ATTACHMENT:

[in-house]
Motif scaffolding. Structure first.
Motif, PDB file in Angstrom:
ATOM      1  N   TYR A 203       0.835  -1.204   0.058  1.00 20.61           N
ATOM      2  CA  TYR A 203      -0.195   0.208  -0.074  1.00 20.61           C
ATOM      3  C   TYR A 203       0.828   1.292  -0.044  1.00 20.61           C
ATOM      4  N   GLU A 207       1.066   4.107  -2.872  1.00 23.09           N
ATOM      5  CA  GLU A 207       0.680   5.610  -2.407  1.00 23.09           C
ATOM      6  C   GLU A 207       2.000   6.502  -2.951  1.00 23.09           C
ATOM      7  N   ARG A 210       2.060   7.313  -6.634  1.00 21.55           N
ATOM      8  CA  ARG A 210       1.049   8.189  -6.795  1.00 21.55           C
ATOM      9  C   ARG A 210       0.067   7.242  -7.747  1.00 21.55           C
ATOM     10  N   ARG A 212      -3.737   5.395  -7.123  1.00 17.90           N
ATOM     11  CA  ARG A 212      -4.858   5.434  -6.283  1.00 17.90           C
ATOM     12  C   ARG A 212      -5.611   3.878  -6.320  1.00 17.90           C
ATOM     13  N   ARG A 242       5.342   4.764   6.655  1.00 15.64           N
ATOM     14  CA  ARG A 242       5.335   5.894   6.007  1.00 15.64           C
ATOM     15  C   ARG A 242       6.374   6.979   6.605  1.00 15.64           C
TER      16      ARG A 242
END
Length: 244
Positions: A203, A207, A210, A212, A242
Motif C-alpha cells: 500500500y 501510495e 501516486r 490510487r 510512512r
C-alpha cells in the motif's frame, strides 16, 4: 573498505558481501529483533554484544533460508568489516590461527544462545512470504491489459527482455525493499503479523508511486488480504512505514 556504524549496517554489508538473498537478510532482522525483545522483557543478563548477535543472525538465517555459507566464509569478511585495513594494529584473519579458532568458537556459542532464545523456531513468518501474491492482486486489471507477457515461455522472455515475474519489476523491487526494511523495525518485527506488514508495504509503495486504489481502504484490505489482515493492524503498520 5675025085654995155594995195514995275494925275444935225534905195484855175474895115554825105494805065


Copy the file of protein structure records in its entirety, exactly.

[in-house]
Motif scaffolding. Structure first.
Motif, PDB file in Angstrom:
ATOM      1  N   TYR A 203       0.835  -1.204   0.058  1.00 20.61           N
ATOM      2  CA  TYR A 203      -0.195   0.208  -0.074  1.00 20.61           C
ATOM      3  C   TYR A 203       0.828   1.292  -0.044  1.00 20.61           C
ATOM      4  N   GLU A 207       1.066   4.107  -2.872  1.00 23.09           N
ATOM      5  CA  GLU A 207       0.680   5.610  -2.407  1.00 23.09           C
ATOM      6  C   GLU A 207       2.000   6.502  -2.951  1.00 23.09           C
ATOM      7  N   ARG A 210       2.060   7.313  -6.634  1.00 21.55           N
ATOM      8  CA  ARG A 210       1.049   8.189  -6.795  1.00 21.55           C
ATOM      9  C   ARG A 210       0.067   7.242  -7.747  1.00 21.55           C
ATOM     10  N   ARG A 212      -3.737   5.395  -7.123  1.00 17.90           N
ATOM     11  CA  ARG A 212      -4.858   5.434  -6.283  1.00 17.90           C
ATOM     12  C   ARG A 212      -5.611   3.878  -6.320  1.00 17.90           C
ATOM     13  N   ARG A 242       5.342   4.764   6.655  1.00 15.64           N
ATOM     14  CA  ARG A 242       5.335   5.894   6.007  1.00 15.64           C
ATOM     15  C   ARG A 242       6.374   6.979   6.605  1.00 15.64           C
TER      16      ARG A 242
END
Length: 244
Positions: A203, A207, A210, A212, A242
Motif C-alpha cells: 500500500y 501510495e 501516486r 490510487r 510512512r
C-alpha cells in the motif's frame, strides 16, 4: 573498505558481501529483533554484544533460508568489516590461527544462545512470504491489459527482455525493499503479523508511486488480504512505514 556504524549496517554489508538473498537478510532482522525483545522483557543478563548477535543472525538465517555459507566464509569478511585495513594494529584473519579458532568458537556459542532464545523456531513468518501474491492482486486489471507477457515461455522472455515475474519489476523491487526494511523495525518485527506488514508495504509503495486504489481502504484490505489482515493492524503498520 5675025085654995155594995195514995275494925275444935225534905195484855175474895115554825105494805065